People are seeking help for crystal meth use, but what will they find?

Rosanne Barrett

4/03/2021 3:20:05 PM

New research has revealed treatment rates for methamphetamine use have more than tripled from 2003–19.

Young man talking to GP.
While treatment episodes have increased, the lack of higher level interventions could lead to significant health issues down the track.

The study, produced by the National Drug and Alcohol Research Centre (NDARC), found the rate of treatment episodes for methamphetamine increased from 77 per 100,000 population to 262 over the 16-year period.
But the data analysis from the Alcohol and Other Drug Treatment National Minimum Data Set also revealed many people received ‘minimal treatment options’, including case management and assessments, not intensive rehabilitation services.
Lead author Associate Professor Rebecca McKetin told newsGP the treatment records reflected increased uptake of the drug in Australia, which coincided with higher levels of imported smokable high-purity crystalline methamphetamine (crystal meth).
‘When there is more problematic use you tend to see more people seeking treatment,’ she said.
‘It’s only since we’ve seen crystal meth became a big thing that we’ve seen smoking. That’s a really high-risk practice for becoming addicted. Now we’re seeing that new generation coming into treatment.
‘[Treatment-seeking] is very indicative of the underlying population of people who do need help.’
Associate Professor McKetin says the sharp rise in episodes of care for use disorders mirrors similar increases in methamphetamine-related hospital admissions for accidents, overdoses and misadventures, and increases in police arrest and drug seizure data.
‘There are a whole bunch of indicators trending upwards,’ she said.
The analysis also found treatment episodes increased for younger people who smoked crystal meth, with the rate of injecting drug users recording no significant increase. The smoking group was, on average, five years younger at an average of 30 years old.
But while treatment episodes have increased, the lack of higher level interventions could lead to significant health issues down the track.
‘What we are seeing is really severe levels of dependence, we are seeing a lot of mental health problems. They still need help,’ Associate Professor McKetin said.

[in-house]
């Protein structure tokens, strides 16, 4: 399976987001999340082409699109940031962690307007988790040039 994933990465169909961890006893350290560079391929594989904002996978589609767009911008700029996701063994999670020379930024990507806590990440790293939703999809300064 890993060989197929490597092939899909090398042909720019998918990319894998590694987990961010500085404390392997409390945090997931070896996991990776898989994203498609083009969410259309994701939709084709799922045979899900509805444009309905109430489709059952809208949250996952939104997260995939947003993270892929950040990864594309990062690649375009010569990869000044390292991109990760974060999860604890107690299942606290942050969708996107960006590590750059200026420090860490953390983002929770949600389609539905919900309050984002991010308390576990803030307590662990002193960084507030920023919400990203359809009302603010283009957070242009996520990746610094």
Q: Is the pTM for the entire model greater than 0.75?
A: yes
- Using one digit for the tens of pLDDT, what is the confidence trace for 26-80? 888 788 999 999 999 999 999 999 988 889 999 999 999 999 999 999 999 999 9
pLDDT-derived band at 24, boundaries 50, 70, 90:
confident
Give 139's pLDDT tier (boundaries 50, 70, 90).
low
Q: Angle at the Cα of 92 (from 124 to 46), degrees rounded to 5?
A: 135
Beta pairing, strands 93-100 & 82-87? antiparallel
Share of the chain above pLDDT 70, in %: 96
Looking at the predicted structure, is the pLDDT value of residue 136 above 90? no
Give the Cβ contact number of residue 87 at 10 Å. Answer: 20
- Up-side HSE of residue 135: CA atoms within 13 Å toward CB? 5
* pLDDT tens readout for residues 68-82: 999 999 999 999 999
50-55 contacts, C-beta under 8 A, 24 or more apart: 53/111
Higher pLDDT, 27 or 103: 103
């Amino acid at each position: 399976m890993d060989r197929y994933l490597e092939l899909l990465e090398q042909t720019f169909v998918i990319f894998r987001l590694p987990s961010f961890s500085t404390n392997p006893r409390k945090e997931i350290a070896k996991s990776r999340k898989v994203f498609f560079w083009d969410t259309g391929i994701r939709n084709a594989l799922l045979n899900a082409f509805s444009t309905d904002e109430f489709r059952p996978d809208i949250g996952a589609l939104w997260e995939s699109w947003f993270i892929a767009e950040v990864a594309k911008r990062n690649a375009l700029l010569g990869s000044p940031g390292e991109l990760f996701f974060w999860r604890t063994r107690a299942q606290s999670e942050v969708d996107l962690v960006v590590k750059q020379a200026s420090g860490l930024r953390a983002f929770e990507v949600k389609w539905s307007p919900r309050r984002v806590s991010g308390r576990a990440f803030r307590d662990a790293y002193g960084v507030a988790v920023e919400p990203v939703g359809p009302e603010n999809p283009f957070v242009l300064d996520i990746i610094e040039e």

‘It’s actually quite concerning that they’re not getting that intensive treatment. If you don’t break that cycle now they’re still going to be there in 5–10 years and some of them will have moved on to injecting, and all the health issues that go with it.’
Dr Hester Wilson, Chair of the RACGP Specific Interests Addiction Medicine network, works in inner-Sydney and says methamphetamines are available, cheap and potent.
‘My understanding is the rates of use are still very low, but what we and my colleagues in general practice are seeing is more of this [treatment seeking] in communities, perhaps more in rural and regional communities,’ she said.
‘You will have people who are having more side effects and more complications because it is so concentrated and potent. More people are getting into trouble with it [and] because it’s so potent they start to get into dependency before they know it.’
Dr Wilson says GPs need to have an awareness of the drug and ways to assist, given its potential health impacts.
She points to the training available through the RACGP to help doctors screen patients, give them advice and refer to more specialist supports.
Case management can be an effective option for many people, she says, as it can be a comprehensive offering to connect other health and social services.
Dr Wilson would also like to see more funding to drug and alcohol services, noting increased treatment-seeking will strain the small sector’s capacity.
‘We have limited drug and alcohol services and with more people seeking help, we need to put more money into services,’ she said.
Melbourne-based GP Dr Paul Grinzi, who also has a special interest in alcohol and other drug treatment, says an increasing rise in smoked and injected methamphetamine use had been apparent in recent years.
‘GPs are often seeing family members worried about their relative’s use of methamphetamines,’ he said.
‘Whilst we may occasionally encounter a patient who is acutely intoxicated, we will more commonly be encountering patients with comorbid anxiety, non-accidental injuries or associated symptoms such as insomnia.’
He also recommends the Alcohol and Other Drugs GP Education Program to boost resources available to doctors to assist families and patients.
Log in below to join the conversation.

addiction medicine alcohol and other drugs crystal meth methamphetamine

newsGP weekly poll What is your chief concern with role substitution?

newsGP weekly poll What is your chief concern with role substitution?



Login to comment